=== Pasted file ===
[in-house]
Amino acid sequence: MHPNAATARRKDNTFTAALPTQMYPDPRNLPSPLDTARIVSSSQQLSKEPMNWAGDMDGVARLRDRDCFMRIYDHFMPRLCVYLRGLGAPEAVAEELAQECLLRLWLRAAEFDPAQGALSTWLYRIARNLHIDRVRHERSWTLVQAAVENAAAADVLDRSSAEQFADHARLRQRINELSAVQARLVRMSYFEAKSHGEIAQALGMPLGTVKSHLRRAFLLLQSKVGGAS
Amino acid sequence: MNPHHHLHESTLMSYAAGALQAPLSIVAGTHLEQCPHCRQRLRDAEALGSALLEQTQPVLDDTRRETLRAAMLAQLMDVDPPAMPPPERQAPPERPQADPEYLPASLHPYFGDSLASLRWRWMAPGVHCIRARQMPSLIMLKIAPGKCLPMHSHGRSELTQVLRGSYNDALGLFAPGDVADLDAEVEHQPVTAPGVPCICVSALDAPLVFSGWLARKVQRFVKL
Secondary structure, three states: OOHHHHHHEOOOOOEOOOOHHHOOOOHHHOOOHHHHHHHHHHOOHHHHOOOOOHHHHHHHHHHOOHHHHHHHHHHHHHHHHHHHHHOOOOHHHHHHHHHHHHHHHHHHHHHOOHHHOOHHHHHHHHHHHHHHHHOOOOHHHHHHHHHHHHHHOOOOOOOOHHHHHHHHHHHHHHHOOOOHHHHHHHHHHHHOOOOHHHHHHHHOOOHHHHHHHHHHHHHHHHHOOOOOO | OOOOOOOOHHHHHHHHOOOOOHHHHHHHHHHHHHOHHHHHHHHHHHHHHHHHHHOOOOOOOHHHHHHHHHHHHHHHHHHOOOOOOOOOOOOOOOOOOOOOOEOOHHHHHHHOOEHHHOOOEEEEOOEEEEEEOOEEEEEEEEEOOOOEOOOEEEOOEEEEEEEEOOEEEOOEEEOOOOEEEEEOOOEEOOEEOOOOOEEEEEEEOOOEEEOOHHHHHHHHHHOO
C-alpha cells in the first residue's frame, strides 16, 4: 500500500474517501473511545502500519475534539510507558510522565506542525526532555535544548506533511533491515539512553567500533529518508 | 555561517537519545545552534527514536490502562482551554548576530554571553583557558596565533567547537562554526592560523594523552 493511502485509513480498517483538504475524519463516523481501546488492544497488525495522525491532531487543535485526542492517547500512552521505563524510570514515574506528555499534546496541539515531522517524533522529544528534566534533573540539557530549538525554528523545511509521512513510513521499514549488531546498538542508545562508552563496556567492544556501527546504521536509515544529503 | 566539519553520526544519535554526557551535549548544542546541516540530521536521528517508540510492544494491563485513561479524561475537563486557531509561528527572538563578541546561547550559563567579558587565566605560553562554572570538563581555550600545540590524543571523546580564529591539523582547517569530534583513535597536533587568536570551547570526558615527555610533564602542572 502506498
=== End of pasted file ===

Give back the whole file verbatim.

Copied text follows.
[in-house]
Amino acid sequence: MHPNAATARRKDNTFTAALPTQMYPDPRNLPSPLDTARIVSSSQQLSKEPMNWAGDMDGVARLRDRDCFMRIYDHFMPRLCVYLRGLGAPEAVAEELAQECLLRLWLRAAEFDPAQGALSTWLYRIARNLHIDRVRHERSWTLVQAAVENAAAADVLDRSSAEQFADHARLRQRINELSAVQARLVRMSYFEAKSHGEIAQALGMPLGTVKSHLRRAFLLLQSKVGGAS
Amino acid sequence: MNPHHHLHESTLMSYAAGALQAPLSIVAGTHLEQCPHCRQRLRDAEALGSALLEQTQPVLDDTRRETLRAAMLAQLMDVDPPAMPPPERQAPPERPQADPEYLPASLHPYFGDSLASLRWRWMAPGVHCIRARQMPSLIMLKIAPGKCLPMHSHGRSELTQVLRGSYNDALGLFAPGDVADLDAEVEHQPVTAPGVPCICVSALDAPLVFSGWLARKVQRFVKL
Secondary structure, three states: OOHHHHHHEOOOOOEOOOOHHHOOOOHHHOOOHHHHHHHHHHOOHHHHOOOOOHHHHHHHHHHOOHHHHHHHHHHHHHHHHHHHHHOOOOHHHHHHHHHHHHHHHHHHHHHOOHHHOOHHHHHHHHHHHHHHHHOOOOHHHHHHHHHHHHHHOOOOOOOOHHHHHHHHHHHHHHHOOOOHHHHHHHHHHHHOOOOHHHHHHHHOOOHHHHHHHHHHHHHHHHHOOOOOO | OOOOOOOOHHHHHHHHOOOOOHHHHHHHHHHHHHOHHHHHHHHHHHHHHHHHHHOOOOOOOHHHHHHHHHHHHHHHHHHOOOOOOOOOOOOOOOOOOOOOOEOOHHHHHHHOOEHHHOOOEEEEOOEEEEEEOOEEEEEEEEEOOOOEOOOEEEOOEEEEEEEEOOEEEOOEEEOOOOEEEEEOOOEEOOEEOOOOOEEEEEEEOOOEEEOOHHHHHHHHHHOO
C-alpha cells in the first residue's frame, strides 16, 4: 500500500474517501473511545502500519475534539510507558510522565506542525526532555535544548506533511533491515539512553567500533529518508 | 555561517537519545545552534527514536490502562482551554548576530554571553583557558596565533567547537562554526592560523594523552 493511502485509513480498517483538504475524519463516523481501546488492544497488525495522525491532531487543535485526542492517547500512552521505563524510570514515574506528555499534546496541539515531522517524533522529544528534566534533573540539557530549538525554528523545511509521512513510513521499514549488531546498538542508545562508552563496556567492544556501527546504521536509515544529503 | 566539519553520526544519535554526557551535549548544542546541516540530521536521528517508540510492544494491563485513561479524561475537563486557531509561528527572538563578541546561547550559563567579558587565566605560553562554572570538563581555550600545540590524543571523546580564529591539523582547517569530534583513535597536533587568536570551547570526558615527555610533564602542572 502506498